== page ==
Military officials are not releasing specifics about how many troops will be coming in the first major wave, nor do they want flight schedules made public.
In most cases the soldiers are being ferried out of Iraq on C-130 planes to a base near Kuwait City. From there they are transported via private 20-hour charter flights to Volk Field, an air base in west central Wisconsin. It's then just a short, several-minutes-long bus ride to Fort McCoy.
Lt. Col. Robert Larsen of the 1st Brigade left Iraq a month ago to help prepare for the demobilization at Fort McCoy. He says right now the bulk of the brigade is at some stage of the journey back home.
The arrival of the soldiers at Fort McCoy will not be marked with the homecoming reunions the troops, and their families and friends, have been so anxiously awaiting.
Before being bused to their local armories in Minnesota for those homecomings, the troops must first demobilize at Fort McCoy. For most of the units, Guard officials say that deactivation will take about eight days.
Lt. Col. Larsen say the process will cover a lot of ground, including health care, legal paperwork and reintegration counseling.
"We collect their weapons and ship those back to their units. The soldiers then go through a myriad of briefings to lay out for them the benefits that they will receive as a combat veterans," he said. "The Veterans Affairs people will be here from Minnesota to provide briefings to them, as well as enroll them into the Veterans Association. We go through a myriad of medical checks, dental checks to make sure that we send the soldiers home in as good of shape as they left."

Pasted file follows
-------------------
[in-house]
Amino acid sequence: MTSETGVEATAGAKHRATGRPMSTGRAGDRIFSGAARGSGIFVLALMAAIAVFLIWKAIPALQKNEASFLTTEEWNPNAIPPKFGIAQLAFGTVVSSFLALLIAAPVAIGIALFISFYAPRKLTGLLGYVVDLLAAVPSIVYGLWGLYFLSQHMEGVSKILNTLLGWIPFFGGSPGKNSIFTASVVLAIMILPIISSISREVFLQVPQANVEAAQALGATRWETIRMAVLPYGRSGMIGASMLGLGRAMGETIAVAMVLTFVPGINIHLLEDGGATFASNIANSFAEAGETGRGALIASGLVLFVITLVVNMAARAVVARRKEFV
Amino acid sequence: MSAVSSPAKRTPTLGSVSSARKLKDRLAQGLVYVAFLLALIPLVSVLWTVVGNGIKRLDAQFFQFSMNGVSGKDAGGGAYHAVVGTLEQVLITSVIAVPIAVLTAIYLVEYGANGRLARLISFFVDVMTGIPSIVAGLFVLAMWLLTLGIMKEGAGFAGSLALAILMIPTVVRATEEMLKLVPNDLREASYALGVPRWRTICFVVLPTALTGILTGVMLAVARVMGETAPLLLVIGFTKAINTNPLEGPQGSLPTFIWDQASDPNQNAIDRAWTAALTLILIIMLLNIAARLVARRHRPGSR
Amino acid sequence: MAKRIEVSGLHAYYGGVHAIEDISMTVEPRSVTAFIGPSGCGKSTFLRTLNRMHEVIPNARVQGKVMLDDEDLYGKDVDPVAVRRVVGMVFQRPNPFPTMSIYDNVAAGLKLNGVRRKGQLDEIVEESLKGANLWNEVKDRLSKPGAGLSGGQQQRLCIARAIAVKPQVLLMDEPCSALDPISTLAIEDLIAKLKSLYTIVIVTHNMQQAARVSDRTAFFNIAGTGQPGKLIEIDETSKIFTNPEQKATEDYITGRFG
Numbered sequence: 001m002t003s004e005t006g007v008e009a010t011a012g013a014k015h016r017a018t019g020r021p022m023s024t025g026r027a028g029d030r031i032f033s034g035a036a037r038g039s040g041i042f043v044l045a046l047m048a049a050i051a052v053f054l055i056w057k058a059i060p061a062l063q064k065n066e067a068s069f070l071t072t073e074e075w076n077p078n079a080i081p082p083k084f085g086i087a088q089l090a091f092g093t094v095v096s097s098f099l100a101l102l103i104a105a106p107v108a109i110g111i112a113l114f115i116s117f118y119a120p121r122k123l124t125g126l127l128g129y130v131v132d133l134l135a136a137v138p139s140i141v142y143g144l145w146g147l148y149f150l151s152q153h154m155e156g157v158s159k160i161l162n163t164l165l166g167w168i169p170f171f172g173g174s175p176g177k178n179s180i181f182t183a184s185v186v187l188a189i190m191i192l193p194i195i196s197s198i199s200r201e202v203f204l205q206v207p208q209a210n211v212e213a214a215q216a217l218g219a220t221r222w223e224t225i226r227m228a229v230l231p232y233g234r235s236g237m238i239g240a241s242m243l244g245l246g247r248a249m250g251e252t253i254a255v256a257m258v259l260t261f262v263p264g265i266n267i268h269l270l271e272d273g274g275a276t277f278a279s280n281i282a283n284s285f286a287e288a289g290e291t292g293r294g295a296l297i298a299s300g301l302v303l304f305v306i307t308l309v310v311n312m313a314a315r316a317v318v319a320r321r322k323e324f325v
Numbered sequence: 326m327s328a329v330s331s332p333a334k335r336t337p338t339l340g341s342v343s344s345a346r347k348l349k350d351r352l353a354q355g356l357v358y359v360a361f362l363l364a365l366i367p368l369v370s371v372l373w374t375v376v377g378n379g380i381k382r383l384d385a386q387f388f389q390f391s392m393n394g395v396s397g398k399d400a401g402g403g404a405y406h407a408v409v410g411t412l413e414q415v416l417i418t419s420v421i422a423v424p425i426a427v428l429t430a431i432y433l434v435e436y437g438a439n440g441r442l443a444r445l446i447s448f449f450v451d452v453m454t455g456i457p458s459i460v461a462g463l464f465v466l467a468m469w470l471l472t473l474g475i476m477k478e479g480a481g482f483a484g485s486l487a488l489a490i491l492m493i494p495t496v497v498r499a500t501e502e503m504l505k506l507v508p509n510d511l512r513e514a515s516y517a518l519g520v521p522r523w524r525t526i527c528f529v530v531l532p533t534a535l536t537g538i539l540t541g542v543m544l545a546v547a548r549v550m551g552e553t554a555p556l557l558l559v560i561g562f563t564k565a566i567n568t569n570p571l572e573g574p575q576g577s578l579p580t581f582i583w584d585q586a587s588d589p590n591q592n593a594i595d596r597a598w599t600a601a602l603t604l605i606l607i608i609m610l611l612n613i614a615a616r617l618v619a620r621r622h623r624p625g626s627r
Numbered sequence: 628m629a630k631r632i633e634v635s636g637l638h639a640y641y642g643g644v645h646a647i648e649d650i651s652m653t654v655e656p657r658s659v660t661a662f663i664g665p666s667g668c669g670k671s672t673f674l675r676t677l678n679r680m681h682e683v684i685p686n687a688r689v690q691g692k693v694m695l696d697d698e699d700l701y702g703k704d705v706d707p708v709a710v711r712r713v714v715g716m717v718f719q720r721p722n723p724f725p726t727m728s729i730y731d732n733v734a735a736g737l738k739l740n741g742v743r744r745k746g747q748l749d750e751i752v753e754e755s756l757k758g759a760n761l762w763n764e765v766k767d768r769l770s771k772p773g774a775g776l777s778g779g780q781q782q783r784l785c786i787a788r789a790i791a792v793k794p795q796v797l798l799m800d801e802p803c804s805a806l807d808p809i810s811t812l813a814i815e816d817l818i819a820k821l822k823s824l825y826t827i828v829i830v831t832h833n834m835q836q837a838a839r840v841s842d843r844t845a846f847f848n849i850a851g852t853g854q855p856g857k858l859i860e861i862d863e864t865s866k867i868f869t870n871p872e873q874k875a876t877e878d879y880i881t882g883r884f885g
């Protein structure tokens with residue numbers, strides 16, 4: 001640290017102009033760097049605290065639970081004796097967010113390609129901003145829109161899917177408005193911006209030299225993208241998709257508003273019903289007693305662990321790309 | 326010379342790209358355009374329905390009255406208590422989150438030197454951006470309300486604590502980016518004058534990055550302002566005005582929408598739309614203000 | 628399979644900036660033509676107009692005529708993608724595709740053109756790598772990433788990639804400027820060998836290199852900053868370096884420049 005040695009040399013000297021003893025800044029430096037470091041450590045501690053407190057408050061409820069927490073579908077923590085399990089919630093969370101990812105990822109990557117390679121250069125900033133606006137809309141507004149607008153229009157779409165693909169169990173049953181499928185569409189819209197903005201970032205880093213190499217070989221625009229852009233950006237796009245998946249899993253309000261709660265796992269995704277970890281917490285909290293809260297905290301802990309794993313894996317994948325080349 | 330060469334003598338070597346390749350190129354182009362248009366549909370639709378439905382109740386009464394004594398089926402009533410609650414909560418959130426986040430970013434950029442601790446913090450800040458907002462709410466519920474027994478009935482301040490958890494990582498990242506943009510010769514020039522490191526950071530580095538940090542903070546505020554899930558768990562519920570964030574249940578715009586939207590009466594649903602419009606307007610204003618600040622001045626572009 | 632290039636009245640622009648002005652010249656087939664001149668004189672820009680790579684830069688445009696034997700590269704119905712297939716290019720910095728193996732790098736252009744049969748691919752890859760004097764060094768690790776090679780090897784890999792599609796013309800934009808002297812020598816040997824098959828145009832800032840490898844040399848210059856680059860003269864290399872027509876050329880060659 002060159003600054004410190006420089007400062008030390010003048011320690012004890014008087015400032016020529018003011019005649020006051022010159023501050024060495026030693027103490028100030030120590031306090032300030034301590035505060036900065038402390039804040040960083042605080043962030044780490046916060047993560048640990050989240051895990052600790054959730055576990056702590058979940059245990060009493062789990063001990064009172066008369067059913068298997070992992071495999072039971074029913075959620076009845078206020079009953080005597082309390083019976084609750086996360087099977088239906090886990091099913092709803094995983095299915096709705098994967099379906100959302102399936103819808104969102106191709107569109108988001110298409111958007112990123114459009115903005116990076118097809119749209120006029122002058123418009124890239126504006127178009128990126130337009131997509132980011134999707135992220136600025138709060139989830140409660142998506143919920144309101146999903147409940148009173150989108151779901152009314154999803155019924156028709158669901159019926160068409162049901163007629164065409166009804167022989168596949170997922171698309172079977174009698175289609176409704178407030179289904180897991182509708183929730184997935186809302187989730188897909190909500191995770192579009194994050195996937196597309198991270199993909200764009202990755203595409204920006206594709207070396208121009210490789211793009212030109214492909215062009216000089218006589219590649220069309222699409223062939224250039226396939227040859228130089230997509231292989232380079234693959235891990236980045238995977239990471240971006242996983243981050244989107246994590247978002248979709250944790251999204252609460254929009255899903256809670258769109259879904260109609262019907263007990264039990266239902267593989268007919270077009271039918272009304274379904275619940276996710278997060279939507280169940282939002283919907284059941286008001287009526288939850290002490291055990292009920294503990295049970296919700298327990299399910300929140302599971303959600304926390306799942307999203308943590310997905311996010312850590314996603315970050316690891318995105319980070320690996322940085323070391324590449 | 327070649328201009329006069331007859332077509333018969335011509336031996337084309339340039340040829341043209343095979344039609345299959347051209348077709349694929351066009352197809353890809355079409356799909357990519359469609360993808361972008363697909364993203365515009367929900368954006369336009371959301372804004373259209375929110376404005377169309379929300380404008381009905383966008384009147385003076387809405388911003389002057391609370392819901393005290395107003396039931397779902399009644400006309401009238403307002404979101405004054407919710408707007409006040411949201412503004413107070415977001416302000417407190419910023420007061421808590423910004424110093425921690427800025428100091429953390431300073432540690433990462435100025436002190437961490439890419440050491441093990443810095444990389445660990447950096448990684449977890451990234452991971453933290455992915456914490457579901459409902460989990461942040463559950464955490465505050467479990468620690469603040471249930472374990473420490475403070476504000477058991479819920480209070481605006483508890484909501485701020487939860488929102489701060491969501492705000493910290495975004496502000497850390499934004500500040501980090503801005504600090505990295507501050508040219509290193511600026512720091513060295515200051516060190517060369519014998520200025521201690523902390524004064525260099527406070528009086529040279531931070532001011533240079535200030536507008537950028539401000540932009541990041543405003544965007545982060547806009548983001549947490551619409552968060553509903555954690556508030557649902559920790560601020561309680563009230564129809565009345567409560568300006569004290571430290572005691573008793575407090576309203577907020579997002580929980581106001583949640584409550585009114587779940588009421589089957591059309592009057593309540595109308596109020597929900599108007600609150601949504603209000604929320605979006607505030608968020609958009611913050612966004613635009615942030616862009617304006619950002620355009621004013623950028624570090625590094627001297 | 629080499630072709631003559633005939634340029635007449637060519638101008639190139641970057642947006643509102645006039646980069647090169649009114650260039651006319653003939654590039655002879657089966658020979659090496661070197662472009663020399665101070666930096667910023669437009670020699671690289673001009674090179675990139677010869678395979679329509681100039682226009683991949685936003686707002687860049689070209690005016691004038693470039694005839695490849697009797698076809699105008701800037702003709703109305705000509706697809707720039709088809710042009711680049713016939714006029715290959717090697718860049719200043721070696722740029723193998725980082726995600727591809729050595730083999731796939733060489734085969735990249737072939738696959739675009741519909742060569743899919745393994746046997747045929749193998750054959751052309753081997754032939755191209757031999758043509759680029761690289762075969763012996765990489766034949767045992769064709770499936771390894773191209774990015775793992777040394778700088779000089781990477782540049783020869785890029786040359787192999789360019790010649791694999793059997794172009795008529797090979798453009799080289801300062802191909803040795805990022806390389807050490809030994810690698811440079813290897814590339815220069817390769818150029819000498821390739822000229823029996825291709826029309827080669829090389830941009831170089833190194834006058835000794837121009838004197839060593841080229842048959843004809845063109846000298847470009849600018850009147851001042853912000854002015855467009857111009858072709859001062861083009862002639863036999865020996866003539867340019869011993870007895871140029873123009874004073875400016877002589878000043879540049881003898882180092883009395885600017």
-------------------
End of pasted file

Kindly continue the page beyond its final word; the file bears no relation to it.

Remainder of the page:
Maj. Mary Lou Tomko is in charge of the Army's soldier readiness program at Fort McCoy. Troops are regularly mobilized and demobilized at the fort, but Tomko says to accommodate the large Minnesota brigade, she has greatly expanded processing facilities.
In addition to getting more space, Tomko says members of the Minnesota brigade are getting about a full additional day of reintegration counseling than has been the standard at Fort McCoy.
"This particular group of soldiers that are going through the demobilization process will have an extra time at Fort McCoy for reintegration," she said.
The soldiers of the Minnesota Army National Guard's 1st Brigade Combat Team have been away from home for nearly two years. They left Minnesota in the fall of 2005 for six months of training at military posts in the southern United States. They shipped out for Iraq in March of 2006.
They were supposed to come home last spring, but their time in Iraq was extended under President Bush's troop surge.
While the Minnesota brigade is made up primarily of Minnesotans, its 5,000 soldiers come from 22 states and not all are Guard troops.
In Iraq they were responsible largely for a variety of security duties, including protecting convoys and guarding bases.
Not all of them will be coming home. Twenty-two died in Iraq -- 14 of them in combat. Seven of those combat deaths were Minnesotans, all of whom were killed by "improvised explosive devices."
"Our soldiers in Iraq right now are looking much to coming home to their families," Larsen said. It's been a long, long deployment. Our family members deserve to get their soldiers back in the very near future, and everybody has a lot to look forward to here in the upcoming weeks."
Guard officials say the active duty Army -- "big Army" as they call it -- will keep tight reins on members of their 1st Brigade Combat Team while Fort McCoy.
Family and friends are being asked to stay away, the soldiers will have regimented schedules. They will not be allowed to leave the base nor will they be allowed to consume alcohol.